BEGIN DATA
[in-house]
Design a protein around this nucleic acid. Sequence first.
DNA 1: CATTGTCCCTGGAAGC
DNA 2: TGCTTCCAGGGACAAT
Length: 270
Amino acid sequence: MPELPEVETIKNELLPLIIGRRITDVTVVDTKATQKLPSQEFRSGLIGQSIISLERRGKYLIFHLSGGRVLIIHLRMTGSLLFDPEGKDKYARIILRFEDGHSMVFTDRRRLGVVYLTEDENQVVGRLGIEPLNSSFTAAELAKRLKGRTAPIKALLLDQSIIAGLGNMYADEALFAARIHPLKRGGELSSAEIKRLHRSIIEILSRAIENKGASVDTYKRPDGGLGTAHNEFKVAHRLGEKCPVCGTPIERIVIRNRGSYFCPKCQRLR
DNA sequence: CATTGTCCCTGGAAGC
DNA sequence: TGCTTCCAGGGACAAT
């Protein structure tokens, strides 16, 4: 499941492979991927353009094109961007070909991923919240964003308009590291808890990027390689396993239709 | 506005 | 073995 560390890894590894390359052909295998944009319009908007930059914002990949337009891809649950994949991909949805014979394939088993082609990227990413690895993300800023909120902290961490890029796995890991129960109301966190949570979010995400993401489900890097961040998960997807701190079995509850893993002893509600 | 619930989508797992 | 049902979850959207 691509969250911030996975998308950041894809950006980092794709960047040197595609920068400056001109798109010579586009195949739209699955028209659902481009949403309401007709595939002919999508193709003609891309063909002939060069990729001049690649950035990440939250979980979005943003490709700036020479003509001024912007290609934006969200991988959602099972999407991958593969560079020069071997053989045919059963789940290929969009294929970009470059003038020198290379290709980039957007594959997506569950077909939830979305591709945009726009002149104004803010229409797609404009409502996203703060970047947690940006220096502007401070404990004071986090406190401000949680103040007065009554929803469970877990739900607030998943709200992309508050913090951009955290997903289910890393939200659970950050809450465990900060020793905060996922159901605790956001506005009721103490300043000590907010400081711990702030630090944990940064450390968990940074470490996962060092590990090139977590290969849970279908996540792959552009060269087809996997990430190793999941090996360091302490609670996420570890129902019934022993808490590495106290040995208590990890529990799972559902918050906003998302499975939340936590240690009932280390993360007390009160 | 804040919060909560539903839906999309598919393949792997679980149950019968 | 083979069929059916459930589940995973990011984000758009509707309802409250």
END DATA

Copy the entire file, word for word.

[in-house]
Design a protein around this nucleic acid. Sequence first.
DNA 1: CATTGTCCCTGGAAGC
DNA 2: TGCTTCCAGGGACAAT
Length: 270
Amino acid sequence: MPELPEVETIKNELLPLIIGRRITDVTVVDTKATQKLPSQEFRSGLIGQSIISLERRGKYLIFHLSGGRVLIIHLRMTGSLLFDPEGKDKYARIILRFEDGHSMVFTDRRRLGVVYLTEDENQVVGRLGIEPLNSSFTAAELAKRLKGRTAPIKALLLDQSIIAGLGNMYADEALFAARIHPLKRGGELSSAEIKRLHRSIIEILSRAIENKGASVDTYKRPDGGLGTAHNEFKVAHRLGEKCPVCGTPIERIVIRNRGSYFCPKCQRLR
DNA sequence: CATTGTCCCTGGAAGC
DNA sequence: TGCTTCCAGGGACAAT
């Protein structure tokens, strides 16, 4: 499941492979991927353009094109961007070909991923919240964003308009590291808890990027390689396993239709 | 506005 | 073995 560390890894590894390359052909295998944009319009908007930059914002990949337009891809649950994949991909949805014979394939088993082609990227990413690895993300800023909120902290961490890029796995890991129960109301966190949570979010995400993401489900890097961040998960997807701190079995509850893993002893509600 | 619930989508797992 | 049902979850959207 691509969250911030996975998308950041894809950006980092794709960047040197595609920068400056001109798109010579586009195949739209699955028209659902481009949403309401007709595939002919999508193709003609891309063909002939060069990729001049690649950035990440939250979980979005943003490709700036020479003509001024912007290609934006969200991988959602099972999407991958593969560079020069071997053989045919059963789940290929969009294929970009470059003038020198290379290709980039957007594959997506569950077909939830979305591709945009726009002149104004803010229409797609404009409502996203703060970047947690940006220096502007401070404990004071986090406190401000949680103040007065009554929803469970877990739900607030998943709200992309508050913090951009955290997903289910890393939200659970950050809450465990900060020793905060996922159901605790956001506005009721103490300043000590907010400081711990702030630090944990940064450390968990940074470490996962060092590990090139977590290969849970279908996540792959552009060269087809996997990430190793999941090996360091302490609670996420570890129902019934022993808490590495106290040995208590990890529990799972559902918050906003998302499975939340936590240690009932280390993360007390009160 | 804040919060909560539903839906999309598919393949792997679980149950019968 | 083979069929059916459930589940995973990011984000758009509707309802409250």